The National: Libya’s Mediterranean coast has turned into a major point of departure for African and Middle Eastern refugees fleeing to EuropeLibya’s Mediterranean coast has turned into a major point of departure for African and Middle Eastern refugees fleeing to Europe

As Haftar’s forces advanced on Friday, G7 foreign ministers said that they were strongly opposed to military action in Libya and implicitly warned the eastern Libyan commander against continuing his push on the capital.

“We firmly believe that there is no military solution to the Libyan conflict,” the foreign ministers from France, Britain, Germany, the US, Italy, Japan and Canada said in a statement.

“We strongly oppose any military action in Libya. Any Libyan actor or faction that precipitates further civil conflict are harming innocent people and standing in the way of the peace that Libyans deserve,” the statement added.

While diplomatic pressure grows, the LNA says it has now taken the areas of Qasr ben Ghashir and Wadi al-Rabie on the southern outskirts of the capital, seizing the former Tripoli International Airport, which has been abandoned since a 2014 battle.

But other reports suggest that Haftar’s forces, that include Sudanese and Chadian mercenary fighters, are not having it all their own way on the battlefield.

Since moving towards Tripoli, the LNA has encountered stiff resistance and failed to take a checkpoint about 18 miles west of the capital in a bid to close the coastal road to Tunisia.

Armed groups allied to the Tripoli Government have also moved more machinegun-mounted pickup trucks from the coastal city of Misrata to Tripoli to defend it against Haftar’s forces. Pockets of fierce opposition to his bid to take the capital have sprung up, particularly among the Zintan militias southwest of Tripoli and in Misrata, a city ferociously opposed to Haftar.

Already some of these same government militias are said to have taken 145 LNA fighters prisoner in Zawiya west of Tripoli.

With no armed force under its own command, the Tripoli Government depend on its security on a fractious array of local militias with their own conflicting motives, including many that UN experts have said are involved in migrant smuggling, extortion and other crimes.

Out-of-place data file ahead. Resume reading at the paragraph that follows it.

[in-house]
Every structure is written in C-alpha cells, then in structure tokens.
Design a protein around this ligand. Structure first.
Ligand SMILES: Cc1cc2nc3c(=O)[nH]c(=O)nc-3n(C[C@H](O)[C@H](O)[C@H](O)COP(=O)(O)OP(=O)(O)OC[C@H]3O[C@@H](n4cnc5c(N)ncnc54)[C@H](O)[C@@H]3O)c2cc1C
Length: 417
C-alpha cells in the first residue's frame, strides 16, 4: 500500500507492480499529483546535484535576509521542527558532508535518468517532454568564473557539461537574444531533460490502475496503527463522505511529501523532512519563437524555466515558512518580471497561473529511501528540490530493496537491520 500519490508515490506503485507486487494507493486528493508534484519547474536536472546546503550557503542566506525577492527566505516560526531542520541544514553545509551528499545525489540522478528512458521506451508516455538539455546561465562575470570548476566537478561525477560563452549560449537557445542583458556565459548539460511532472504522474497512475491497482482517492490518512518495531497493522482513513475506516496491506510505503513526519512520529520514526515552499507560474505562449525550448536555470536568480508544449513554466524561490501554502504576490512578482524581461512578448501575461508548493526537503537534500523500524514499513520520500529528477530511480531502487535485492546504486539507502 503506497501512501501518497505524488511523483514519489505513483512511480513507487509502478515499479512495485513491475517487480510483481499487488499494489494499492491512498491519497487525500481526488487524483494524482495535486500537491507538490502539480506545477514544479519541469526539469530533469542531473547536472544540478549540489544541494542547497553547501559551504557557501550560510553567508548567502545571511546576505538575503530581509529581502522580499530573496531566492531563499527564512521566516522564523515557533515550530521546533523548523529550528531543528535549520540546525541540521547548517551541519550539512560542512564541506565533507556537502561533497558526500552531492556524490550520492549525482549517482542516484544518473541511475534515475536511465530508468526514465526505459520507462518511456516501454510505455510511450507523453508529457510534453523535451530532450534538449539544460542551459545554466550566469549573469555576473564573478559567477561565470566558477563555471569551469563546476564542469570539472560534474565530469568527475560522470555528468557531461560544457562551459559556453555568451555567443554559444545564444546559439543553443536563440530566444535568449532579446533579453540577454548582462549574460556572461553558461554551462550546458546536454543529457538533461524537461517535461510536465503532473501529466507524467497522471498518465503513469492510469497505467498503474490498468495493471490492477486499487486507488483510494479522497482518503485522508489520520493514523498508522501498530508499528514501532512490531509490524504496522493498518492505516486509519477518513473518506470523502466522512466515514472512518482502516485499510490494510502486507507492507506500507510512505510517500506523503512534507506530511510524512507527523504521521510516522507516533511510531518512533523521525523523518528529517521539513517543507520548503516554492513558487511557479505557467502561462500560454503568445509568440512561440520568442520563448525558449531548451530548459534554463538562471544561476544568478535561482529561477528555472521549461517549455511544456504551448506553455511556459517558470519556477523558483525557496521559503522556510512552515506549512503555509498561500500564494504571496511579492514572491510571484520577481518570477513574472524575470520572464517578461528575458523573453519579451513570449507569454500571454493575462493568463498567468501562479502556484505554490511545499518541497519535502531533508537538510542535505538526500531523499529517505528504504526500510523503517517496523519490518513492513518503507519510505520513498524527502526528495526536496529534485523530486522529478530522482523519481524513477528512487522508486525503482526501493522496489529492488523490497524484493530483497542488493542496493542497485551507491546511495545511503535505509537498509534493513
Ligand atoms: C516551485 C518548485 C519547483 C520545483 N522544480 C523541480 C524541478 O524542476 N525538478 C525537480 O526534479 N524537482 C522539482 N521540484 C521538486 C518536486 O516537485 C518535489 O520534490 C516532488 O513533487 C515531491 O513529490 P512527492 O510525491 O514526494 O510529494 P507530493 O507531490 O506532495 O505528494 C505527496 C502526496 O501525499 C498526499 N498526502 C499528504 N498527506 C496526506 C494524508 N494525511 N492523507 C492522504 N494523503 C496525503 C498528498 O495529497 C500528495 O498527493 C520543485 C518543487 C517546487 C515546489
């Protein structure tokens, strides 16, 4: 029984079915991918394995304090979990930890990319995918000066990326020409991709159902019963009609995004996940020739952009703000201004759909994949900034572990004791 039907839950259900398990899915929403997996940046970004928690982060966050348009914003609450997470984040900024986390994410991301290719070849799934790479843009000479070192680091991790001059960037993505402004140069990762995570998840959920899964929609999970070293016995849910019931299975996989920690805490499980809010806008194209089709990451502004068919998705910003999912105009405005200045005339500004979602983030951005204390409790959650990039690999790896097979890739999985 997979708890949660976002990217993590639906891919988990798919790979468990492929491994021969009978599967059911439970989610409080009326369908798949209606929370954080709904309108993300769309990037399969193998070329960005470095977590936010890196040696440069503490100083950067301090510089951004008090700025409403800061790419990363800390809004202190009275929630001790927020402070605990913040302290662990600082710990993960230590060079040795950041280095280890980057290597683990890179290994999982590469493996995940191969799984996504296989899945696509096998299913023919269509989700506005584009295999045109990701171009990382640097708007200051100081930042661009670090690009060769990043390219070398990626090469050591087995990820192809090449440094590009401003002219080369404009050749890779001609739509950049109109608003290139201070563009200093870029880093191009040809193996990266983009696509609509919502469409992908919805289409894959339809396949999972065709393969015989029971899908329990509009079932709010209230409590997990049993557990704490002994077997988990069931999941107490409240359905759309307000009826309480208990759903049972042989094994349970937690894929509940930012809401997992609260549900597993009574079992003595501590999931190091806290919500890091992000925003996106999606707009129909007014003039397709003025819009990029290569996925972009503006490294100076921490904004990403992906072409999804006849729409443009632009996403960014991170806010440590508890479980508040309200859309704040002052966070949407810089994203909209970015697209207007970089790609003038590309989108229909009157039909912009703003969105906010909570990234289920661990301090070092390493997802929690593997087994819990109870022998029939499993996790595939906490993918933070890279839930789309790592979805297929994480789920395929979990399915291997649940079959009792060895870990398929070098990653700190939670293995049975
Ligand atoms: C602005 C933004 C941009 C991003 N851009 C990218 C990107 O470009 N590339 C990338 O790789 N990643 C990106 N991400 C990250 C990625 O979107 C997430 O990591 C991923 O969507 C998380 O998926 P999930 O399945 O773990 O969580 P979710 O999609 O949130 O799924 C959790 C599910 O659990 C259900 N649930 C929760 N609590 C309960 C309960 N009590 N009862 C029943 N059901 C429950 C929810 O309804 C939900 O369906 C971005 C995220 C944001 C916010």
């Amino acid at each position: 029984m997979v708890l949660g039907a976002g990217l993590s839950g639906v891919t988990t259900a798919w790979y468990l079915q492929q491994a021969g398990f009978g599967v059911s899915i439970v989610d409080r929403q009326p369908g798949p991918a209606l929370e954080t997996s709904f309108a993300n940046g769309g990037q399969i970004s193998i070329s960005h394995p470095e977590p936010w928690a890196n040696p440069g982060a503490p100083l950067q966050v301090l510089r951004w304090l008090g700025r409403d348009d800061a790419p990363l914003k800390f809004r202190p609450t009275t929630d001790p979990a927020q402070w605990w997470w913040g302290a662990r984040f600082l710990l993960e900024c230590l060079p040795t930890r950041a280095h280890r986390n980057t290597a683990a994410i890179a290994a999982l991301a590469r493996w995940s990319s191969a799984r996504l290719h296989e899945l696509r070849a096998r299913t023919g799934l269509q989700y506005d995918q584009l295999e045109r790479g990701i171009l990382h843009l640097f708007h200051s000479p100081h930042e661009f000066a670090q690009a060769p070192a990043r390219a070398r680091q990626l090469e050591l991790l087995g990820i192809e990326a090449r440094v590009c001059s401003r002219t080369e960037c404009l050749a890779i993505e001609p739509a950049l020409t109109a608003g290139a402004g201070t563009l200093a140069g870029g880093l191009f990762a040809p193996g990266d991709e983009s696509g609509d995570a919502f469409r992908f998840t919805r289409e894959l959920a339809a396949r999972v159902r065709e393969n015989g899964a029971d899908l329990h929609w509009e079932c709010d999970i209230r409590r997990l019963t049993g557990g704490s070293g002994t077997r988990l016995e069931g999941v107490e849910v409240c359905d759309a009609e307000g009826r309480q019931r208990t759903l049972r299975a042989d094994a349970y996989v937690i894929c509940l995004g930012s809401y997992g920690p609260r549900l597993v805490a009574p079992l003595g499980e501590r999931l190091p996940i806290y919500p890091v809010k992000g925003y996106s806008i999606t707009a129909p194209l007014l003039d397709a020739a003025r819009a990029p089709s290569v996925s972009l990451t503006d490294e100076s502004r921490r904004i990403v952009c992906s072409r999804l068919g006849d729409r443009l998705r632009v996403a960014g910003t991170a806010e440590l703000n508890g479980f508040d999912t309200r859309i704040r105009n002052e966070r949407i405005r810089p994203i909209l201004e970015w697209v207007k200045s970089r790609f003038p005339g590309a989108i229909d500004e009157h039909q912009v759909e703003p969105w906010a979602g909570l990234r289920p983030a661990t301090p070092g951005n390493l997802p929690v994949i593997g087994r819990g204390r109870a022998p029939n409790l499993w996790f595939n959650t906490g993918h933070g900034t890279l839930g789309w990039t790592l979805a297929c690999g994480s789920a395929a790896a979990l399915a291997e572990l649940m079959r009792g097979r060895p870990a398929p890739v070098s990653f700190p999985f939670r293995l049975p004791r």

With these militias’ forces now forming a loose alliance to stop Hafter, Tripoli residents raced to stock up on food and fuel in anticipation for a prolonged struggle. Lines outside petrol stations these past few days have stretched for hundreds of yards and drivers often waited more than an hour and a half to fill up their tanks.

As citizens in Tripoli prepared for the worst, Libyan Interior Minister Fathi Bashagha insisted that Haftar is making his move at an unprecedented time of calm and showing flagrant disregard for civilians caught up in the LNA’s advance.

“Why use weapons and force to terrorise the people of Libya, to kill them, and to force them to accept one thing only, which is to be ruled by a military dictator? What makes Mr Haftar a better candidate than other Libyans?” Bashagha told Al Jazeera.

“We will not be subdued by any use of force by any side or any person. And if anyone is willing to use force against us we’re ready for sacrifice but we will not give up on democracy which we’ve always wanted from the beginning,” added Bashagha.

What the ultimate outcome of this steadily building crisis will be is still difficult to determine, but the dangers of a potentially catastrophic and protracted conflict are obvious.

At the core of Libya’s political turbulence since 2011 have always lain differences between Islamic and nationalist camps, ethnic and tribal rivalries, regional and local identities.

Oil too of course, the main source of government revenue, has been one of the main drivers of the conflict.

Eight years on the hopes of all those who in 2011 thought Libya was on a better political and economic trajectory continue to be dashed.

Right now the road from revolution could well lead to civil war.